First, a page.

Use this URL to cite or link to this record in EThOS: http://ethos.bl.uk/OrderDetails.do?uin=uk.bl.ethos.638769
Title: Blood group polymorphisms, mortality and morbidity in newborn babies
Author: Sarfarazi, M.
Awarding Body: University College of Swansea
Current Institution: Swansea University
Date of Award: 1981
Availability of Full Text:
Access through EThOS:
Abstract:
The effect of variation in genotype for blood group polymorphisms on the health and development of a large random sample of babies born in the two major hospitals of Cardiff during 1976-78 were studied. Three blood group systems, ABO, MN, and Rh were assayed together with 18 different birth variables during the first 28 days of life, and with other mortality, morbidity and developmental screening factors up to the age of one year. For both surveys, babies born to two overseas parents were the main source of heterogeneity in the data, and the exclusion of these babies resulted in almost homogeneous data. All blood group systems were found to be similar to those previously recorded for other parts of the U.K., in respect of genotype and phenotype frequencies. In a search for possible associations between blood group phenotypes with both birth and developmental variables, six significant associations were detected. These are, between ABO phenotypes with: age of mother (P = 0.043), smoking habits (P = 0.011), foetal complication (P = 0.044) and sex of infant (P = 0.030), and between MN phenotypes with: maternal height (P = 0.027) and gross motor of the Denver Developmental Screening Tests (P = 0.038). A total of 123 associations were tested in which at the five percent level 6.15 significant results would be predicted by chance alone. 7 tests showed probabilities between 0.5 and 0.10 (inclusive), compared with 6.15 expected by chance alone. Hence the six associations detected here seem likely to be statistical artefacts but the relation of smoking habits to ABO phenotypes might usefully be followed up. In general, however, it seems likely that for the individual loci and both birth variables, and the other factors involved in the mortality, morbidity, and development of the newborn babies studied here, the genetic variation is selectively neutral rather than adaptive. However, since heterozygotes at the ABO and MN loci are more common than expected, it would be profitable to look further into this aspect of the investigation. Associations of congenital abnormalities and foetal complication of labour with 12 other birth variables in the Cardiff Birth Survey were studied. A total of 27 tables were analysed by sets of X2 tests of which 20 showed results significant below the 0.0001 level. These associations are discussed in the Appendix.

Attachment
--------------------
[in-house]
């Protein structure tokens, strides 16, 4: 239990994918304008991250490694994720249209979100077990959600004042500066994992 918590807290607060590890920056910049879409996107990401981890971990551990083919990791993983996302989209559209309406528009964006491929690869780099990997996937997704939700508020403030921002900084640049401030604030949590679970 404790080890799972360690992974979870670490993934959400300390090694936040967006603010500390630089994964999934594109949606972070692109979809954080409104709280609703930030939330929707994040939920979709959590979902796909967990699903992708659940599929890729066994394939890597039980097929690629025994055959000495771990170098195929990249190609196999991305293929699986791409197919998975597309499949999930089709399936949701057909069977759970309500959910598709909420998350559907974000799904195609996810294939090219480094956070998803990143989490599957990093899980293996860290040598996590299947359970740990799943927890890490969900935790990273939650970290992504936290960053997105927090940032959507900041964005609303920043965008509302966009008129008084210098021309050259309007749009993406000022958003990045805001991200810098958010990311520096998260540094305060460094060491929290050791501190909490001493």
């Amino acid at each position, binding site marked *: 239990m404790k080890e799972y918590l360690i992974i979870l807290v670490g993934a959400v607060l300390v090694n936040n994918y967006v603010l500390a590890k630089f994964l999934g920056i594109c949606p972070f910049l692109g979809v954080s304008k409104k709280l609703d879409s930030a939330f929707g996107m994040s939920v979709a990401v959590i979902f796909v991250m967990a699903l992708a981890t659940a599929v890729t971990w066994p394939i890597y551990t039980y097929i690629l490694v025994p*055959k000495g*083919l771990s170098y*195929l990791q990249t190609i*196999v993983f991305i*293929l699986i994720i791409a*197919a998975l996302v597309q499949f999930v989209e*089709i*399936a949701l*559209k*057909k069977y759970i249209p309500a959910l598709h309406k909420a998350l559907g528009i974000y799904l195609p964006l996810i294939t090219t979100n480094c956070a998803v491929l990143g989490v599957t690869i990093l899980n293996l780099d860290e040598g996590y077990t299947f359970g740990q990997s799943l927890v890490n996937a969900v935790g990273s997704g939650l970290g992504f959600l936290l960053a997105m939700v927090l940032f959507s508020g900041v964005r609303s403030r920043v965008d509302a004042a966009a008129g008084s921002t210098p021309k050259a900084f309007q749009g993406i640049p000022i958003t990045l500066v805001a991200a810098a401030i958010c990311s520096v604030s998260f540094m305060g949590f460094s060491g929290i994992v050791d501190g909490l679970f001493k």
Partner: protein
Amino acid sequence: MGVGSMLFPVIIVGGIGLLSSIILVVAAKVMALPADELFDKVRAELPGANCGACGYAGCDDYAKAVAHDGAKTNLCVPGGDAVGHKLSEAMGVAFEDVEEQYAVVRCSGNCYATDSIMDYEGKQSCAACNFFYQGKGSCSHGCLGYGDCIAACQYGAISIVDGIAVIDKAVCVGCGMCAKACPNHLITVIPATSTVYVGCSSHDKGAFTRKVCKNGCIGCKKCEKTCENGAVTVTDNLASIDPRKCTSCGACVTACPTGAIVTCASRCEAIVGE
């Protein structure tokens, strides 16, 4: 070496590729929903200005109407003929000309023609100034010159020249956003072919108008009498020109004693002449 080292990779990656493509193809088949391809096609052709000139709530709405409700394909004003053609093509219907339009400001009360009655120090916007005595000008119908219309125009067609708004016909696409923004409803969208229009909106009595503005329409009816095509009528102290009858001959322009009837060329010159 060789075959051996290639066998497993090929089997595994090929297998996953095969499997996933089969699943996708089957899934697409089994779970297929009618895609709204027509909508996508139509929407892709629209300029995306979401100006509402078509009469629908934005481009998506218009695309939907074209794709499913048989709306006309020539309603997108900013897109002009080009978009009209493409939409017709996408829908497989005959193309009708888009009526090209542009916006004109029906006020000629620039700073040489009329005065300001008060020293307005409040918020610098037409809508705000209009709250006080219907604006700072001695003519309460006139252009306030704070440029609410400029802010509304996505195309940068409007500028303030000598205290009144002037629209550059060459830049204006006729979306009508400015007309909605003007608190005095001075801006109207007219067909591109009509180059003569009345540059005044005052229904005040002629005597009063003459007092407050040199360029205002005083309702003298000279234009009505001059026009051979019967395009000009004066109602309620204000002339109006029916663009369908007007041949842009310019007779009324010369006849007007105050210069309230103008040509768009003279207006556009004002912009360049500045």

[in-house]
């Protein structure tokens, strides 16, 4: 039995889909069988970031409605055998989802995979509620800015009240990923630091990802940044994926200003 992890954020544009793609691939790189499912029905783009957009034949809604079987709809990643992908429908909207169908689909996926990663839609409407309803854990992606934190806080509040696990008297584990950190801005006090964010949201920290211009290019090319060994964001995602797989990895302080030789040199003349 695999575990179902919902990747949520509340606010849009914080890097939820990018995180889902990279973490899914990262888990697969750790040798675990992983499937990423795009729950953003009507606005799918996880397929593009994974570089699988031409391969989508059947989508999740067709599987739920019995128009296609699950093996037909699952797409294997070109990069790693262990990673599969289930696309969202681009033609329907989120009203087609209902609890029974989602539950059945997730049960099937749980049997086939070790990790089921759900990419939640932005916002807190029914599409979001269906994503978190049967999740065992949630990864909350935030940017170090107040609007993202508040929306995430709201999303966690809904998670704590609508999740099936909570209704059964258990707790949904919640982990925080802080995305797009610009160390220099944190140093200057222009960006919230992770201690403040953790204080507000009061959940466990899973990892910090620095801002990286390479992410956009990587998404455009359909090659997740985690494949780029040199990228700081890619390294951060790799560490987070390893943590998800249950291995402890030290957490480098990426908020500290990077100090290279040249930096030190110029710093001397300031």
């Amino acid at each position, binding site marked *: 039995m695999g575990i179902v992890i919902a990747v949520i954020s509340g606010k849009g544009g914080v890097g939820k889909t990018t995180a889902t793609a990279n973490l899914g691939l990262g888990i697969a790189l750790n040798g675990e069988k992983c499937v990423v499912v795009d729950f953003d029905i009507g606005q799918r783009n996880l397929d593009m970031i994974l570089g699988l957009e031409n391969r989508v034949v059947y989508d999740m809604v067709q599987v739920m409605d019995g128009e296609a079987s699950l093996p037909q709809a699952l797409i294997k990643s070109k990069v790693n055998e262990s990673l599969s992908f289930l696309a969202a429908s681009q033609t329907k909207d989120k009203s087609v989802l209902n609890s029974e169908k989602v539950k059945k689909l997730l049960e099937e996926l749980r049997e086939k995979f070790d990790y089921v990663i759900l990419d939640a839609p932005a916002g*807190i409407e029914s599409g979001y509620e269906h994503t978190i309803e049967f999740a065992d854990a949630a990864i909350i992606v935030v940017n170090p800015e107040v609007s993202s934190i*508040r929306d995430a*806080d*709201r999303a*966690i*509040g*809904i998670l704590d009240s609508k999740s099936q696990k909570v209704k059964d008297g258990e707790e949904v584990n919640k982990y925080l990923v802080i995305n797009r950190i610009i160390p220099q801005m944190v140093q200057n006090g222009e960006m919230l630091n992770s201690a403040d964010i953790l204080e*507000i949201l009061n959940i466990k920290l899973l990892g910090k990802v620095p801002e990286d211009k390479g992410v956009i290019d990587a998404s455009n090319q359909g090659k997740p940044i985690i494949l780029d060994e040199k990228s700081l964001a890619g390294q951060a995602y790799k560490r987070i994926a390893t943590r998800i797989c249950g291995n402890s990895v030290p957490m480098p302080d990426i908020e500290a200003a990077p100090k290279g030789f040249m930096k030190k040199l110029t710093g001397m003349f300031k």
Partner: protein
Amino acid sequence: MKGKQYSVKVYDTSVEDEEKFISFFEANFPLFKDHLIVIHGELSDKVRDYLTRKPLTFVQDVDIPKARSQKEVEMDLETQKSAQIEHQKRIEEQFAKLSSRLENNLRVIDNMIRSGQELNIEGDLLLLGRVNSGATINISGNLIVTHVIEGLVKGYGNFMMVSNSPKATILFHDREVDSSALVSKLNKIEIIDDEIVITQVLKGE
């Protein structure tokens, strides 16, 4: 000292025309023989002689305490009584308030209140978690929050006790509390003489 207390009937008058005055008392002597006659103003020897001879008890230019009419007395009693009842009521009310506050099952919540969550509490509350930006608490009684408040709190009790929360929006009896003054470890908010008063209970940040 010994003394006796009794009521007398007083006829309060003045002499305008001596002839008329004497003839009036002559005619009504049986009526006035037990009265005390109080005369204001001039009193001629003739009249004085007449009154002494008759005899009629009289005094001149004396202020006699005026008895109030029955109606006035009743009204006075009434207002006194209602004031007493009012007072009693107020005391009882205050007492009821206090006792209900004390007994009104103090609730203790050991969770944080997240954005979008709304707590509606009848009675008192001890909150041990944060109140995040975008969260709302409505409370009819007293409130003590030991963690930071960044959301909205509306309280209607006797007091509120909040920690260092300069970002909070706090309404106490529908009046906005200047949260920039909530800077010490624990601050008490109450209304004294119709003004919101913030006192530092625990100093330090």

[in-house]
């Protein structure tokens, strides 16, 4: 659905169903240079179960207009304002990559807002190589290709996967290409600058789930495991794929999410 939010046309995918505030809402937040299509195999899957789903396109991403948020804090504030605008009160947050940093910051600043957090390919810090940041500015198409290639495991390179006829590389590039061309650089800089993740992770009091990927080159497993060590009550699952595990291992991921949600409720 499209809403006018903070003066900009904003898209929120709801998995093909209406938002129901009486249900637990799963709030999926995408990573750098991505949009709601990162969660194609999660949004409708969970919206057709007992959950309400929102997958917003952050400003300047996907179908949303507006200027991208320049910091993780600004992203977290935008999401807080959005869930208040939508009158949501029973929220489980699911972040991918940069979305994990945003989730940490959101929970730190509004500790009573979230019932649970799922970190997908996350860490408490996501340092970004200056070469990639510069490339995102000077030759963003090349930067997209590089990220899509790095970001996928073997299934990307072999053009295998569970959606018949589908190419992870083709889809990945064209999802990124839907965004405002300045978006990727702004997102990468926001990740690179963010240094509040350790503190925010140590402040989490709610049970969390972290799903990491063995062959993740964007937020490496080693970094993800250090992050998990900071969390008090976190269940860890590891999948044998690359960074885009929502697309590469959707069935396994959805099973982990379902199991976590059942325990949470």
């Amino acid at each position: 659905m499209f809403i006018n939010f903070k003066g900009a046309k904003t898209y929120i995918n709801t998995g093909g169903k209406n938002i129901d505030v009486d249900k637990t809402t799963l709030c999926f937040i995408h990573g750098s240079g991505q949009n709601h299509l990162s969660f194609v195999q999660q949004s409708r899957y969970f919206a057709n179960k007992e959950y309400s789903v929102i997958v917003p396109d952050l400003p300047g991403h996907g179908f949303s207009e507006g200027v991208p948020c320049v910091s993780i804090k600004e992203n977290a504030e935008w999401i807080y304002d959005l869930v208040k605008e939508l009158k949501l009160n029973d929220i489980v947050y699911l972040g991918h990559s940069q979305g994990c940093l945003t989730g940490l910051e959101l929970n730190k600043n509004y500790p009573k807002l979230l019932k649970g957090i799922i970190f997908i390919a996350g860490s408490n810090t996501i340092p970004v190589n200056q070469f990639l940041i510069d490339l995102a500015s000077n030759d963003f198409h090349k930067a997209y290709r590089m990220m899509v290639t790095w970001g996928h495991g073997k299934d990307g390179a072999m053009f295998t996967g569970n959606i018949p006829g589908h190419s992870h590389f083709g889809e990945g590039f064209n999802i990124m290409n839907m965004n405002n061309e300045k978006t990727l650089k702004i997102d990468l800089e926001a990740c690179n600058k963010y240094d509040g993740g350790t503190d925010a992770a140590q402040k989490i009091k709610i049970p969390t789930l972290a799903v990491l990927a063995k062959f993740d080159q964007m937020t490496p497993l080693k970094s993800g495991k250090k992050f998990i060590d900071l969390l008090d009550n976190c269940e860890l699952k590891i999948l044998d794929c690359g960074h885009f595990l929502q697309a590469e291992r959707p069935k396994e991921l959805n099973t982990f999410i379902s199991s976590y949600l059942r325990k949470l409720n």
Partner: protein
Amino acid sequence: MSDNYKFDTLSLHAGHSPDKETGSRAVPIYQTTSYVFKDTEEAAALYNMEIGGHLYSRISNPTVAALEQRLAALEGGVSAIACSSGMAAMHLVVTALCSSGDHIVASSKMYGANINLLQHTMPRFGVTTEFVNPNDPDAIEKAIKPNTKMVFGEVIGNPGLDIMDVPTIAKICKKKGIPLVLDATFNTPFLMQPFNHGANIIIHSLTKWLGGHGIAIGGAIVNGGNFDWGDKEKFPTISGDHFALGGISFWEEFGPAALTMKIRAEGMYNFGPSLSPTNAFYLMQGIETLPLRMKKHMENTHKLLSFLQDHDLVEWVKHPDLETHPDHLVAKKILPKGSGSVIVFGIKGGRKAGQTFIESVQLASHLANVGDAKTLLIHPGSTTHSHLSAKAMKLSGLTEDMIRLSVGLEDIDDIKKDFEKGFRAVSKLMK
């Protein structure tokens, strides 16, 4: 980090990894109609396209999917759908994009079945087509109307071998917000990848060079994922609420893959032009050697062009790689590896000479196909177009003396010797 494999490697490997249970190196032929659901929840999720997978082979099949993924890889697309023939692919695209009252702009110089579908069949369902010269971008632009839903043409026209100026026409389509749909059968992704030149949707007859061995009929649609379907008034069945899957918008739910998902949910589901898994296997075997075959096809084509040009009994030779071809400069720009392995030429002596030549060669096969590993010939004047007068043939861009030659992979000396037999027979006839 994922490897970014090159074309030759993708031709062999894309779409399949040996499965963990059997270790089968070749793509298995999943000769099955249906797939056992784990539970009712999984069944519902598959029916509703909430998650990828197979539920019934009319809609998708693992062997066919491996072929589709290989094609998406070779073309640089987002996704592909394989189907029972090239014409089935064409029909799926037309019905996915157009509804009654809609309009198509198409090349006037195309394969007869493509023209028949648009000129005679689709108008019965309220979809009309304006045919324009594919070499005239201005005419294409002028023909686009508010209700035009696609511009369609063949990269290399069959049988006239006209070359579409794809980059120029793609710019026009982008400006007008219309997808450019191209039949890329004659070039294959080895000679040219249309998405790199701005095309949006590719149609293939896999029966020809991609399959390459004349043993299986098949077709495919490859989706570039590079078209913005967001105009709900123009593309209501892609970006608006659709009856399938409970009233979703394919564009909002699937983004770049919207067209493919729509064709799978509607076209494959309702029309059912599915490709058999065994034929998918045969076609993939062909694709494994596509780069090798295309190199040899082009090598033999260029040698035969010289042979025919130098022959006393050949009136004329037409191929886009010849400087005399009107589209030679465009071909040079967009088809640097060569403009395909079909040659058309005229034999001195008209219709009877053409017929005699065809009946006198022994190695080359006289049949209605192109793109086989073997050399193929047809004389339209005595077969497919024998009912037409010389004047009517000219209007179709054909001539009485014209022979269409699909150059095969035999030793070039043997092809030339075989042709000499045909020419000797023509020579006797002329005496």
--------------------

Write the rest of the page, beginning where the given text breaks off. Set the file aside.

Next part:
Supervisor: Not available Sponsor: Not available
Qualification Name: Thesis (Ph.D.) Qualification Level: Doctoral
EThOS ID: uk.bl.ethos.638769  DOI: Not available
Share: